A student from the HIGH TIDE project turns on the CTD instrument. High school students use the CTD recorder to measure salinity, temperature and depth of the water in the Lafayette River which is a part of Chesapeake Bay.
Click on image for full size
Image courtesy of the HIGH TIDE project

Salinity - Dissolved Salts, Measuring Salinity

Salinity is the measure of how much salt is in water. Ocean water has a high salinity and fresh water has a very low salinity.

Sometimes, salinity is measured in parts per million (ppm). Ocean water has a salinity that is about 35,000 ppm. That's the same as saying ocean water is about 3.5% salt. Sometimes, salinity is measured in different units. Ocean salinity is also about 35 psu (practical salinity units).

Ocean water has a lot of salt in it. Most of it is normal table salt (made up of chlorine and sodium). Chlorine, sodium and the other major dissolved salts of the ocean are listed in the following table:

Dissolved salts in
sea water (atoms):
55.3 % Chlorine
30.8 % Sodium
3.7 % Magnesium
2.6 % Sulfur
1.2 % Calcium
1.1 % Potassium

Last modified August 30, 2001 by Jennifer Bergman.

You might also be interested in:

Traveling Nitrogen Classroom Activity Kit

Check out our online store - minerals, fossils, books, activities, jewelry, and household items!...more


Almost 3/4 of the Earth is covered with water. Almost all of that water is in the oceans. Have you ever been swimming in the ocean? If you have and you accidentally got water in your mouth, you know the...more

Phoenix Mars Lander - Instruments and Mission Objectives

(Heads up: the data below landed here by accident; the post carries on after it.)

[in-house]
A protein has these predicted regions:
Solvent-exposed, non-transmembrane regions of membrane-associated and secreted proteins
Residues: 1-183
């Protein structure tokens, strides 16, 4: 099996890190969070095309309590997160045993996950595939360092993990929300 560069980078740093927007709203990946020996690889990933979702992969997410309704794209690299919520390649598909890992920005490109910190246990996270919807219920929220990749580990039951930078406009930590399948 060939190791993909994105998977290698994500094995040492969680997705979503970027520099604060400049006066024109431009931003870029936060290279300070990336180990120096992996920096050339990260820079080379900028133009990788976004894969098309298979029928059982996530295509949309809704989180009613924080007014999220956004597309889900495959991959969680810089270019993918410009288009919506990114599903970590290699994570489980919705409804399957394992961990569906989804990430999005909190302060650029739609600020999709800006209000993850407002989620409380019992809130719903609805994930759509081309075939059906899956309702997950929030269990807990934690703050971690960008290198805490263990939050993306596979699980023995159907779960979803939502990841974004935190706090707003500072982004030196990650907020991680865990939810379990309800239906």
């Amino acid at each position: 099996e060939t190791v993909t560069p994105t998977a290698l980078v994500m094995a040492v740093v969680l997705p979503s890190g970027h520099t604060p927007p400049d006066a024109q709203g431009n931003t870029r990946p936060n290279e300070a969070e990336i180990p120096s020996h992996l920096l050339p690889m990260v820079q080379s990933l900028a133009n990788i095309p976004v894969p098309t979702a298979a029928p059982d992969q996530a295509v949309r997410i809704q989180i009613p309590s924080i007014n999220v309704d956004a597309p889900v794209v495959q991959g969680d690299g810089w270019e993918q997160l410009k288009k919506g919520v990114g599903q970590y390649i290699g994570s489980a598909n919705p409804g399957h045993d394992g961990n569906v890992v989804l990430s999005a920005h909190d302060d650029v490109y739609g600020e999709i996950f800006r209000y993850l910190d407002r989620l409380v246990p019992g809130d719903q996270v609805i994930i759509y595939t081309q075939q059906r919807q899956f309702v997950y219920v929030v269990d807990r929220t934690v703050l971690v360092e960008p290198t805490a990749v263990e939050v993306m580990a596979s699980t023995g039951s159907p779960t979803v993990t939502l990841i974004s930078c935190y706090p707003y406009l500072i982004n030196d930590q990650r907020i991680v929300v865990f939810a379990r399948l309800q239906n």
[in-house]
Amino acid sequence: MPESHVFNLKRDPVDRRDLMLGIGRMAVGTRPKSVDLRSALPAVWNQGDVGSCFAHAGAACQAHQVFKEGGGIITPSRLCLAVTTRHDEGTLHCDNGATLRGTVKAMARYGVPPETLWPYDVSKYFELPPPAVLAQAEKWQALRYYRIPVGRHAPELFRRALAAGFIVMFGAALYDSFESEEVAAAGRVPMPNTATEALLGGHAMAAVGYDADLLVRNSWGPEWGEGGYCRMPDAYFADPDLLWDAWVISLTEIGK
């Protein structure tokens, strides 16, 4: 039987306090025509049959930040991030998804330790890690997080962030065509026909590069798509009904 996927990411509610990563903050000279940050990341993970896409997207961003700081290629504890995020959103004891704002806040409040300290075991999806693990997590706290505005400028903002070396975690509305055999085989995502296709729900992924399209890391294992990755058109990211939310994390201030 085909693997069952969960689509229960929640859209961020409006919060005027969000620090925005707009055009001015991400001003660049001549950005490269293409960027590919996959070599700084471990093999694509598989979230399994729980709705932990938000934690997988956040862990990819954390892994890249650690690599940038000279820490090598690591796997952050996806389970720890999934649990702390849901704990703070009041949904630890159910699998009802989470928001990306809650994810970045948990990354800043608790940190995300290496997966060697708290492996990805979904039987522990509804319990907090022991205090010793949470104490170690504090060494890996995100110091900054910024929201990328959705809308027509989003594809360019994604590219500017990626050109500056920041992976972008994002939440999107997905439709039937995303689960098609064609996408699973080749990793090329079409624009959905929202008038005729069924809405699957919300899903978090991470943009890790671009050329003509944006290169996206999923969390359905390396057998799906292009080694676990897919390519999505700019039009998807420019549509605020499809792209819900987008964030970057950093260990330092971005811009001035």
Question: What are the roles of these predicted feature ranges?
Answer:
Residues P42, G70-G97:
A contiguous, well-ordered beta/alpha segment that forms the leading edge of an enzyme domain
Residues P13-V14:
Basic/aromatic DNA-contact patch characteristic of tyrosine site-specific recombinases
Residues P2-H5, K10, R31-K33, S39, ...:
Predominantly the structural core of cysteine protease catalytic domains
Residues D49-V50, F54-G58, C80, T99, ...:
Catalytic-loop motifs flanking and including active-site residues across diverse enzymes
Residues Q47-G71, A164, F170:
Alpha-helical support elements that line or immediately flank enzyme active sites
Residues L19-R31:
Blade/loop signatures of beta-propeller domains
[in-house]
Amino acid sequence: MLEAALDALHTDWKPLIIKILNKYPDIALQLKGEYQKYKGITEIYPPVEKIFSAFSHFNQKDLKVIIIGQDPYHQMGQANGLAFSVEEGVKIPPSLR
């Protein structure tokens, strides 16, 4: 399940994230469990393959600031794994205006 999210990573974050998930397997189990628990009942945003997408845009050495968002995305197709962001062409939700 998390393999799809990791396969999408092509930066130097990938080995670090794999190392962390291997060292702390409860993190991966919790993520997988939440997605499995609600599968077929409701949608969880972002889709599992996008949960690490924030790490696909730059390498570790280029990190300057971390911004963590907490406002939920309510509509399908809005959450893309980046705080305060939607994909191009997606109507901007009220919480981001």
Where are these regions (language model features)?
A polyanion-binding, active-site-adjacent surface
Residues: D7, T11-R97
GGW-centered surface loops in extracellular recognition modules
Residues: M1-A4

NASA has a new spaceship on Mars. The robot is called the Phoenix Mars Lander. Phoenix landed near the North Pole on Mars. This page tells about the mission of Phoenix. It also describes the instruments...more


An aquifer is the name for a layer of rock which is capable of holding a large amount of water. Some layers are better at holding water than others, for example a layer of sandstone can hold a good deal...more


Limestone is an example of a carbonate. Other examples of carbonates include calcite, dolomite, and marble. Limestone dissolves easily in rainwater, especially rainwater which is loaded with carbonic acid....more


Have you ever left a glass of water out for a long time? Did you notice that the water disappears after a few days? That's because it evaporated! Evaporation is when water passes from a liquid to a gas....more

Surface Ocean Currents

The water at the ocean surface is moved by powerful wind. The wind is able to move the top 400 meters of the ocean. This moving water is called surface ocean currents. Surface ocean currents form large...more


Rivers are very important to Earth because they are major forces that shape the landscape. Also, they provide transportation and water for drinking, washing and farming. Rivers can flow on land or underground...more

Windows to the Universe, a project of the National Earth Science Teachers Association, is sponsored in part is sponsored in part through grants from federal agencies (NASA and NOAA), and partnerships with affiliated organizations, including the American Geophysical Union, the Howard Hughes Medical Institute, the Earth System Information Partnership, the American Meteorological Society, the National Center for Science Education, and TERC. The American Geophysical Union and the American Geosciences Institute are Windows to the Universe Founding Partners. NESTA welcomes new Institutional Affiliates in support of our ongoing programs, as well as collaborations on new projects. Contact NESTA for more information. NASA ESIP NCSE HHMI AGU AGI AMS NOAA